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Games and Social Emotional Learning (SEL) competencies

Matthew Farber

Matthew Farber teaches social studies at Valleyview Middle School, in Denville, New Jersey. He is also an adjunct instructor for the New Jersey City University (NJCU) Educational Technology Department. Mr. Farber holds a Master's Degree in Educational Technology from NJCU, where he is currently is pursuing a Doctorate in Educational Technology Leadership. He is also on the board of directors for the New Jersey Council for the Social Studies (NJCSS). He also blogs regularly for Edutopia. His book, Gamify Your Classroom: A Field Guide to Game-Based Learning, is out now via Peter Lang Publishing.

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Children in school grow emotionally, as well as physically and intellectually. A child’s ability to understand his or her own individual emotional growth is formally known as Social Emotional Learning (SEL). The Collaborative for Academic, Social, and Emotional Learning (CASEL) defines this competency as “the process through which children and adults acquire and effectively apply the knowledge, attitudes and skills necessary to understand and manage emotions, set and achieve positive goals, feel and show empathy for others, establish and maintain positive relationships, and make responsible decisions.”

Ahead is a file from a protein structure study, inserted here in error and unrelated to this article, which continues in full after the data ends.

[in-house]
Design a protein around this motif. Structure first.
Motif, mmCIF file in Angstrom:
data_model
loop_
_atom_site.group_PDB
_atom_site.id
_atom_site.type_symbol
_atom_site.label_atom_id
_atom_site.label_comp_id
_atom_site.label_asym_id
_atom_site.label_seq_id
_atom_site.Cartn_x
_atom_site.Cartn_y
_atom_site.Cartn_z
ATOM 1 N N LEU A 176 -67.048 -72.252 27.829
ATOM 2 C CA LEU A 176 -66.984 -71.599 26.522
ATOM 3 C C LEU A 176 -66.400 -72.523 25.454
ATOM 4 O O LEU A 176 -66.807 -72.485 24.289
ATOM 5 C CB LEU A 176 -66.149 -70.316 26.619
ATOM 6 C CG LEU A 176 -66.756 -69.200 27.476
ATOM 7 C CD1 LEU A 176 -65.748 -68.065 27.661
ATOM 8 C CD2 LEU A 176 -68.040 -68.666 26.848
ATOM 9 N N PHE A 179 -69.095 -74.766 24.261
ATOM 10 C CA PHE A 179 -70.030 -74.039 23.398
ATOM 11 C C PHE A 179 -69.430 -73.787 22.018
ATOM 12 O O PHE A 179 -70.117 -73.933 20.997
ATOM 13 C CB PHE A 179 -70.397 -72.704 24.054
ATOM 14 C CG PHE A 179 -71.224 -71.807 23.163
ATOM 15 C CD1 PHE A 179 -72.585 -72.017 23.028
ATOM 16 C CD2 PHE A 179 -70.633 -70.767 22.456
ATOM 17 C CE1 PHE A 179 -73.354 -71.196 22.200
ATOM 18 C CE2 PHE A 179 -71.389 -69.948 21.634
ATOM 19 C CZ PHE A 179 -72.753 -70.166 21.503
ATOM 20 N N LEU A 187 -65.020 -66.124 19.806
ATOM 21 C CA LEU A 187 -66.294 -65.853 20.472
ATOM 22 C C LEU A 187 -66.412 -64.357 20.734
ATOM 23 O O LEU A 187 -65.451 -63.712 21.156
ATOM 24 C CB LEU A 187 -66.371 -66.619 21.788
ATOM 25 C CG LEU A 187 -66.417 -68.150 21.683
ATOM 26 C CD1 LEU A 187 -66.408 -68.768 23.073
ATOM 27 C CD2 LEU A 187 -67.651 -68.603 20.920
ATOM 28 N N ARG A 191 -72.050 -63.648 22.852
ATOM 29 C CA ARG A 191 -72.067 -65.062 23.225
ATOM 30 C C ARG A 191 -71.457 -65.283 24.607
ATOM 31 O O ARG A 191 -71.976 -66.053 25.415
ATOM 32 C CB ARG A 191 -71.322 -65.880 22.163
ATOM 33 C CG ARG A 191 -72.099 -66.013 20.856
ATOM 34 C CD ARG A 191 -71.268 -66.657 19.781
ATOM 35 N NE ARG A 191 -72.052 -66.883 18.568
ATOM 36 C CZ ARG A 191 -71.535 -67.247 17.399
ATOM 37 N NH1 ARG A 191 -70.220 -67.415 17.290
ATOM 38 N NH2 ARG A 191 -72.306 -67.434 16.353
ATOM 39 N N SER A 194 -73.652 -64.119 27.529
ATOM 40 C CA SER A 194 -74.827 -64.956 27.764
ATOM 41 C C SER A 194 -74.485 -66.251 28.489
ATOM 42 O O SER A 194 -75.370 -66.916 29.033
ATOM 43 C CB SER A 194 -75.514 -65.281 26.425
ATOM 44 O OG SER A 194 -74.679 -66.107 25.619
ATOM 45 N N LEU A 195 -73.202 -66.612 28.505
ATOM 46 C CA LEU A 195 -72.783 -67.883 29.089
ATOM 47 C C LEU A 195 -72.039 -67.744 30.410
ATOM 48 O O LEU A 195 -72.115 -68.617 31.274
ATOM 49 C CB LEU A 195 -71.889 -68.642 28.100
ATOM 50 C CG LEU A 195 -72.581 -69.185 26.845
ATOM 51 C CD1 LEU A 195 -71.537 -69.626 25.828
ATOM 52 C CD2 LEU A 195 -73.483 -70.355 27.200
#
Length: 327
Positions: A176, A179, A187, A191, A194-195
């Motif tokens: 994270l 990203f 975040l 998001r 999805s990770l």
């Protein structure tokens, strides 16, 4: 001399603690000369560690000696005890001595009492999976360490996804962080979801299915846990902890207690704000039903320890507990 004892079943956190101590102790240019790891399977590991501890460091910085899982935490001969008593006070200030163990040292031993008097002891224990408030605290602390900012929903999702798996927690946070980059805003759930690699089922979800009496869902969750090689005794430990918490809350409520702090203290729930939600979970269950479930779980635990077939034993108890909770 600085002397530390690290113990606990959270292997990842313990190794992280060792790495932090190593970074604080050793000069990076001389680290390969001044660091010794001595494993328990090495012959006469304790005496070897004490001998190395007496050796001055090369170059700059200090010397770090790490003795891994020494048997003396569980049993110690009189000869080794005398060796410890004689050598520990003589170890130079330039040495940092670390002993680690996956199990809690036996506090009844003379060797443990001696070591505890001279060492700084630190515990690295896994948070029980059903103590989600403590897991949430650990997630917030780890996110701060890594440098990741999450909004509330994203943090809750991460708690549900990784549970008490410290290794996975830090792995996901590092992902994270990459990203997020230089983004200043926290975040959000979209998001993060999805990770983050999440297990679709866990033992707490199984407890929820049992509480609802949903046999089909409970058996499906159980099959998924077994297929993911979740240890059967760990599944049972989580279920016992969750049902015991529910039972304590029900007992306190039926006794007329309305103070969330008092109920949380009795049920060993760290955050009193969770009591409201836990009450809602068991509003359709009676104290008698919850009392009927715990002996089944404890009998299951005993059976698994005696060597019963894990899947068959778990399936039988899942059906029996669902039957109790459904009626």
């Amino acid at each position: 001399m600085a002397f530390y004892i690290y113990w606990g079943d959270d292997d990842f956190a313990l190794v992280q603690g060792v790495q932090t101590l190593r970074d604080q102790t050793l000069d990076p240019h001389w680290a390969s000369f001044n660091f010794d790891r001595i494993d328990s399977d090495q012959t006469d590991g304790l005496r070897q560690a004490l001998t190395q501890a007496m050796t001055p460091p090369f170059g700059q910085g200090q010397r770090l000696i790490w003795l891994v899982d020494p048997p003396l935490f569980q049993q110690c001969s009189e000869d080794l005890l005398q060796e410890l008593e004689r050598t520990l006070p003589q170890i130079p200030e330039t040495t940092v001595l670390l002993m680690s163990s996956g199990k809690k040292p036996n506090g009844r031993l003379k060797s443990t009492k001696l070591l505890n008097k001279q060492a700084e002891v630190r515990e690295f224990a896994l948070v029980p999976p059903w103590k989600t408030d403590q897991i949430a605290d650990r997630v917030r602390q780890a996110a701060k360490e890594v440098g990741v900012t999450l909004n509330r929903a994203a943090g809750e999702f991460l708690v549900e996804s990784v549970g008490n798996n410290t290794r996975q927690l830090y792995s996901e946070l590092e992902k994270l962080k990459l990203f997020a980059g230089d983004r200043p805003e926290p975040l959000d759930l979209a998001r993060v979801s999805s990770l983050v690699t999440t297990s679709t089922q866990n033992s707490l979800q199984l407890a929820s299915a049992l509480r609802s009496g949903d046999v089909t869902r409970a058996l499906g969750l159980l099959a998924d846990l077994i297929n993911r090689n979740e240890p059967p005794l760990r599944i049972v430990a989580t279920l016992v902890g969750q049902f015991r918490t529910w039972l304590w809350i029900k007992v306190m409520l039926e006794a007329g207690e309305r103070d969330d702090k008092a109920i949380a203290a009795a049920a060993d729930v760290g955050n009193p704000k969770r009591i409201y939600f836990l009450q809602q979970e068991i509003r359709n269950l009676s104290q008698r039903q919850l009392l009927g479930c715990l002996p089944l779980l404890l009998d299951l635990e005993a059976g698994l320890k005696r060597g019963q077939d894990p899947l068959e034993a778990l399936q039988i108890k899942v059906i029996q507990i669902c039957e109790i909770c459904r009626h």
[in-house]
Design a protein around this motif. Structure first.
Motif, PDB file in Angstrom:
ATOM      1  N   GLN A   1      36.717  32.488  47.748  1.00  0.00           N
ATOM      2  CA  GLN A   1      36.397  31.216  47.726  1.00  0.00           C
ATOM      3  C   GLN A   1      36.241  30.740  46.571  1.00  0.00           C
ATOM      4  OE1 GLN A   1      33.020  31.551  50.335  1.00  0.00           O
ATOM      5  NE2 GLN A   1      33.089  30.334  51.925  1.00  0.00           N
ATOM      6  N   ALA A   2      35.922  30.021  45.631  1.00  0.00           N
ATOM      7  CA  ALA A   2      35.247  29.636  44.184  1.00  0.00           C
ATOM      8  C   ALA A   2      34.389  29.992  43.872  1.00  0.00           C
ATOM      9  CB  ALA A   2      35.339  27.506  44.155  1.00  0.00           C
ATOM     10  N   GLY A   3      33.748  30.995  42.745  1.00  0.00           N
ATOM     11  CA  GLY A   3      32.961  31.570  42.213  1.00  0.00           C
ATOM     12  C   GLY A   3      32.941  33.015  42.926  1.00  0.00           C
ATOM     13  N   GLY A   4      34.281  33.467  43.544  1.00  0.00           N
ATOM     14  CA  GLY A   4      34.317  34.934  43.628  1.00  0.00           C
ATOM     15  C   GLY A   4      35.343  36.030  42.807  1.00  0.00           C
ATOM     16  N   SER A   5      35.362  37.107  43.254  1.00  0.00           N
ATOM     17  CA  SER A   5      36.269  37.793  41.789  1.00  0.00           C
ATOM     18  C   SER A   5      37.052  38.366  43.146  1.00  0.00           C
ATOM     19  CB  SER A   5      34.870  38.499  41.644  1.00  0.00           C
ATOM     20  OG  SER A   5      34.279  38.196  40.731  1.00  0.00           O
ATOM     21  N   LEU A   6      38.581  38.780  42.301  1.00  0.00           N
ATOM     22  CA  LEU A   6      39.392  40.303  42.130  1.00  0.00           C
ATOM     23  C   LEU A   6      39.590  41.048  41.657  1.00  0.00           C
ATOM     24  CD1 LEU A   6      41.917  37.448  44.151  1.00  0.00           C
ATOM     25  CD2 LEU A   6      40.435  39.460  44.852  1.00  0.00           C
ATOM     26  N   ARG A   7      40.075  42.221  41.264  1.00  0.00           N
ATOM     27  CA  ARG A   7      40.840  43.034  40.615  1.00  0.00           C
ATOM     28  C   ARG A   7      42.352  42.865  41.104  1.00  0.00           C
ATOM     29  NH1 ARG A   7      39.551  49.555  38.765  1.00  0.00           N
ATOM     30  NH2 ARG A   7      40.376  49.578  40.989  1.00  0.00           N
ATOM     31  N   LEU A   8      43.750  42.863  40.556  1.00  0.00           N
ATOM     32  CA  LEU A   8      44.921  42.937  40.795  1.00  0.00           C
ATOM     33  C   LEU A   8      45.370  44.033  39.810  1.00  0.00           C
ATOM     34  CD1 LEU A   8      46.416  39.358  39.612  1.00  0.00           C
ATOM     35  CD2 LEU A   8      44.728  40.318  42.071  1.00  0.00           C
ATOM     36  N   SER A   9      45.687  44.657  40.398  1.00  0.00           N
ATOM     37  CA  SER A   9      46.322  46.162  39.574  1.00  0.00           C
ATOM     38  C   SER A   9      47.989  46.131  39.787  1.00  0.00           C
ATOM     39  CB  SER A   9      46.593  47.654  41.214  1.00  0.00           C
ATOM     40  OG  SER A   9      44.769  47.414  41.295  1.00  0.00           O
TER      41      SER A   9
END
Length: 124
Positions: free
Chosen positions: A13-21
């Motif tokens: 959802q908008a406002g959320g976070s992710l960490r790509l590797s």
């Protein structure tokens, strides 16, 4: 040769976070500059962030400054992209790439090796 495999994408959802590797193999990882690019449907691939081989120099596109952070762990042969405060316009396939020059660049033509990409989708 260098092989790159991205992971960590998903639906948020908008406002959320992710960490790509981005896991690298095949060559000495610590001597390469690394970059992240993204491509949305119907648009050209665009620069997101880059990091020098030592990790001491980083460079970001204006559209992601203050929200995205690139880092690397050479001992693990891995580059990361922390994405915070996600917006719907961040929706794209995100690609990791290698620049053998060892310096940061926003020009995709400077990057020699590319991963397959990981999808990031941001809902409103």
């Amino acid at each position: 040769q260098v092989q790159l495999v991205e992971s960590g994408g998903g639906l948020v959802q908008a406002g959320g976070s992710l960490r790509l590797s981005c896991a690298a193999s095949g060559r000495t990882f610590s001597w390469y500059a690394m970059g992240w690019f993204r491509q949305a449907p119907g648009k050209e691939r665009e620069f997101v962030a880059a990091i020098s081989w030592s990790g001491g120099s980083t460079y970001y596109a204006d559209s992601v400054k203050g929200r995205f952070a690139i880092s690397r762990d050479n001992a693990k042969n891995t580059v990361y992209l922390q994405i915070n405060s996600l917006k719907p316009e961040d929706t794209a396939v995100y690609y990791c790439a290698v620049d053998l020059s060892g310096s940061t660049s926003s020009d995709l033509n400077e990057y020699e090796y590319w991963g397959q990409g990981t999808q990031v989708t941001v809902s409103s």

"Games also use ‘social mechanics’ to encourage player interactions — one must be aware of the consequences of the decisions he or she makes."

CASEL lists Five Competencies of SEL:

  1. Self-awareness 
  2. Self-management 
  3. Social awareness 
  4. Relationship skills 
  5. Responsible decision making

The entire above list can apply to playing games of all sorts, from sports to board games to video games. The mechanics (the actions one takes to play, like jumping, guessing, bluffing, or trading) create a system in which SEL can flourish. Games also use ‘social mechanics’ to encourage player interactions — one must be aware of the consequences of the decisions he or she makes. This is because games put players in authentic, situated environments. Moving a pawn across a board or racing a virtual car puts the participant in a cause and effect loop. Playing a game can promote SEL competencies. For more information, read through this research study.